Subtropical ridge


Heating of the earth near the equator leads to large amounts of upward motion and convection along the monsoon trough
Monsoon trough
The monsoon trough is that portion of the Intertropical Convergence Zone which extends into or through a monsoon circulation, as depicted by a line on a weather map showing the locations of minimum sea level pressure, and as such, is a convergence zone between the wind patterns of the southern and...

 or Intertropical convergence zone
Intertropical Convergence Zone
The Intertropical Convergence Zone , known by sailors as The Doldrums, is the area encircling the earth near the equator where winds originating in the northern and southern hemispheres come together....

. The divergence over the near-equatorial trough leads to air rising and moving away from the equator aloft. As it moves towards the Mid-Latitudes, the air cools and sinks, which leads to subsidence near the 30th parallel of both hemispheres. This circulation is known as the Hadley cell
Hadley cell
The Hadley cell, named after George Hadley, is a circulation pattern that dominates the tropical atmosphere, with rising motion near the equator, poleward flow 10–15 kilometers above the surface, descending motion in the subtropics, and equatorward flow near the surface...

 and leads to the formation of the subtropical ridge. Many of the world's deserts are caused by these climatological high-pressure areas. Because these anticyclones strengthen with height, they are known as warm core ridges.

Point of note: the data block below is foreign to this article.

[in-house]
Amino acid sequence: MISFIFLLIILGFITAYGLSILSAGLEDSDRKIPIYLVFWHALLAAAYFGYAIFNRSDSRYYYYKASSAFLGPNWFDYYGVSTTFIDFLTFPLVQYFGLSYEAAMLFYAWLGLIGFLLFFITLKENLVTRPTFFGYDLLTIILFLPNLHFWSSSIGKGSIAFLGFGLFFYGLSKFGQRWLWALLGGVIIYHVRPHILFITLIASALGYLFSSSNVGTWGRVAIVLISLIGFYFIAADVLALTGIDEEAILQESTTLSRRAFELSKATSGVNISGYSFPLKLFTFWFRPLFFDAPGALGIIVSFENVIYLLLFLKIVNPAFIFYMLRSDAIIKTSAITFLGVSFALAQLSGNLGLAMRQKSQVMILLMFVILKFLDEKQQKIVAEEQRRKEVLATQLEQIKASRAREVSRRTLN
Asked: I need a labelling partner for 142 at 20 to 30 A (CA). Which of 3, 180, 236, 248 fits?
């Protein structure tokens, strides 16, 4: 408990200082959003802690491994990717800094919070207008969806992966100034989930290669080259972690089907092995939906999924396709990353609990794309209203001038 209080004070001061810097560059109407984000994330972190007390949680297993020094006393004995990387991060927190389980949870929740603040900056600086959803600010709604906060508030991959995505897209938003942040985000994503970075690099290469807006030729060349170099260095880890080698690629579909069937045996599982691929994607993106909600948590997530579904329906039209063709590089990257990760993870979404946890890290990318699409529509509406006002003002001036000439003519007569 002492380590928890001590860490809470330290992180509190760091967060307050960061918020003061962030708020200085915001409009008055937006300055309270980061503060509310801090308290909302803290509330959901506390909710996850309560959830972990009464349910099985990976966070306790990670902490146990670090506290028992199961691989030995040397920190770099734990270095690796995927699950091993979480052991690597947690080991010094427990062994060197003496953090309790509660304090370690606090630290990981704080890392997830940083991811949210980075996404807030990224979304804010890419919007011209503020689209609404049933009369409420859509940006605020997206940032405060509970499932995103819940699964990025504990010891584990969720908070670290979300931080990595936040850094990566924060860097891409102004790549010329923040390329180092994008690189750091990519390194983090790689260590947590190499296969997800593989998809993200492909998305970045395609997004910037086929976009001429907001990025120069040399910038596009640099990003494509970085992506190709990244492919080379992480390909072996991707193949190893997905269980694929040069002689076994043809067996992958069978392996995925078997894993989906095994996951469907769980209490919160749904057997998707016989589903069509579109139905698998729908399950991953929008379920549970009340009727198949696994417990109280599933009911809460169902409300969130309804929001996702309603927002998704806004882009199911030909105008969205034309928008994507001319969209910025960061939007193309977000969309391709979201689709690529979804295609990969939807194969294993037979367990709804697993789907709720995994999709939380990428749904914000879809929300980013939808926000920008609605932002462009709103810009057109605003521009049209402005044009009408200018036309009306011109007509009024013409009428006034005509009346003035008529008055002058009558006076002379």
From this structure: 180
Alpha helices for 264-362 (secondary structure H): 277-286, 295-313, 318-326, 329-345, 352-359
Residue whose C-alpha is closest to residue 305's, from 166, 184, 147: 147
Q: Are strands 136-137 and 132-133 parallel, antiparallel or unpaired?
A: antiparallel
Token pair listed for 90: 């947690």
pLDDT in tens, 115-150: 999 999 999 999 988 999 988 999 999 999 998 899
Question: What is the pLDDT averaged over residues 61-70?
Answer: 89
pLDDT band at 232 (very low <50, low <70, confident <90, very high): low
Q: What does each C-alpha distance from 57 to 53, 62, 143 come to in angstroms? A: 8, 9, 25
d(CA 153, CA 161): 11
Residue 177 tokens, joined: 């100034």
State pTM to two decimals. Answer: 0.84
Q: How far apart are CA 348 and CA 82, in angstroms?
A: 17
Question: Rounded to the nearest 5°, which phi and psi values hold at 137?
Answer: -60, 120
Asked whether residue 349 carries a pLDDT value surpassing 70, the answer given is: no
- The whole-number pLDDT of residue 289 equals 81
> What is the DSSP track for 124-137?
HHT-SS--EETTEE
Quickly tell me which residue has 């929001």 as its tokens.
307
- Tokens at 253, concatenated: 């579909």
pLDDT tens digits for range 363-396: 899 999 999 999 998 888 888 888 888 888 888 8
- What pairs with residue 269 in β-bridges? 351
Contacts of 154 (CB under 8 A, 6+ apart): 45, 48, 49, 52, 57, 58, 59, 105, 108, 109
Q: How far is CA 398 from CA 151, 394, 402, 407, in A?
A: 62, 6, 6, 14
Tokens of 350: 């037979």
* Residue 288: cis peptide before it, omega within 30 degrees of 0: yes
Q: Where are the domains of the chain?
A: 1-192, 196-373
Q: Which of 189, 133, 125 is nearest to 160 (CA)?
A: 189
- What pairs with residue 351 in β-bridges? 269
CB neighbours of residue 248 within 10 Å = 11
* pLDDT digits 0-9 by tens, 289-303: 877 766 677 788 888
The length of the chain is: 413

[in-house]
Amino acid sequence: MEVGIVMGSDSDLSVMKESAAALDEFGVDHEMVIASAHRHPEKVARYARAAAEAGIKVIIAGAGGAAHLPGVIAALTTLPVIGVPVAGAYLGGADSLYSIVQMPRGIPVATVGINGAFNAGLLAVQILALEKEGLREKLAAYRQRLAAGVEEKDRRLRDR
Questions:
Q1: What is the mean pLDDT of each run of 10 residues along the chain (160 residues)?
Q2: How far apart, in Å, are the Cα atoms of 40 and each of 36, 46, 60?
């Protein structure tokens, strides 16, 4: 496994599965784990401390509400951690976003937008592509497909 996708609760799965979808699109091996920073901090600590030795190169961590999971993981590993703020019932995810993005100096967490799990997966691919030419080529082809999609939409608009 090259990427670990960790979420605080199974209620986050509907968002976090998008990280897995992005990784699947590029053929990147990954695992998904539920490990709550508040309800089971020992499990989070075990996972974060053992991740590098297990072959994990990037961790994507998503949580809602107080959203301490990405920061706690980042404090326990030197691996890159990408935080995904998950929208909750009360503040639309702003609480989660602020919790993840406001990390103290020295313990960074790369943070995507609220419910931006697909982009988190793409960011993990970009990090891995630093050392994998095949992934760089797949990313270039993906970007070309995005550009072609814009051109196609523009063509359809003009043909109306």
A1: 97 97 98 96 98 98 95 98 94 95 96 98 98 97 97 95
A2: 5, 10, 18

Formation aloft

The development of anticyclones aloft occurs in warm core cyclones, such as tropical cyclone
Tropical cyclone
A tropical cyclone is a storm system characterized by a large low-pressure center and numerous thunderstorms that produce strong winds and heavy rain. Tropical cyclones strengthen when water evaporated from the ocean is released as the saturated air rises, resulting in condensation of water vapor...

s, when latent heat caused by the formation of cloud
Cloud
A cloud is a visible mass of liquid droplets or frozen crystals made of water and/or various chemicals suspended in the atmosphere above the surface of a planetary body. They are also known as aerosols. Clouds in Earth's atmosphere are studied in the cloud physics branch of meteorology...

s is released aloft, which increases air temperatures and the resultant atmospheric thickness of the layer, which increases high pressure aloft which acts to evacuate their outflow.

Structure

Wind
Wind
Wind is the flow of gases on a large scale. On Earth, wind consists of the bulk movement of air. In outer space, solar wind is the movement of gases or charged particles from the sun through space, while planetary wind is the outgassing of light chemical elements from a planet's atmosphere into space...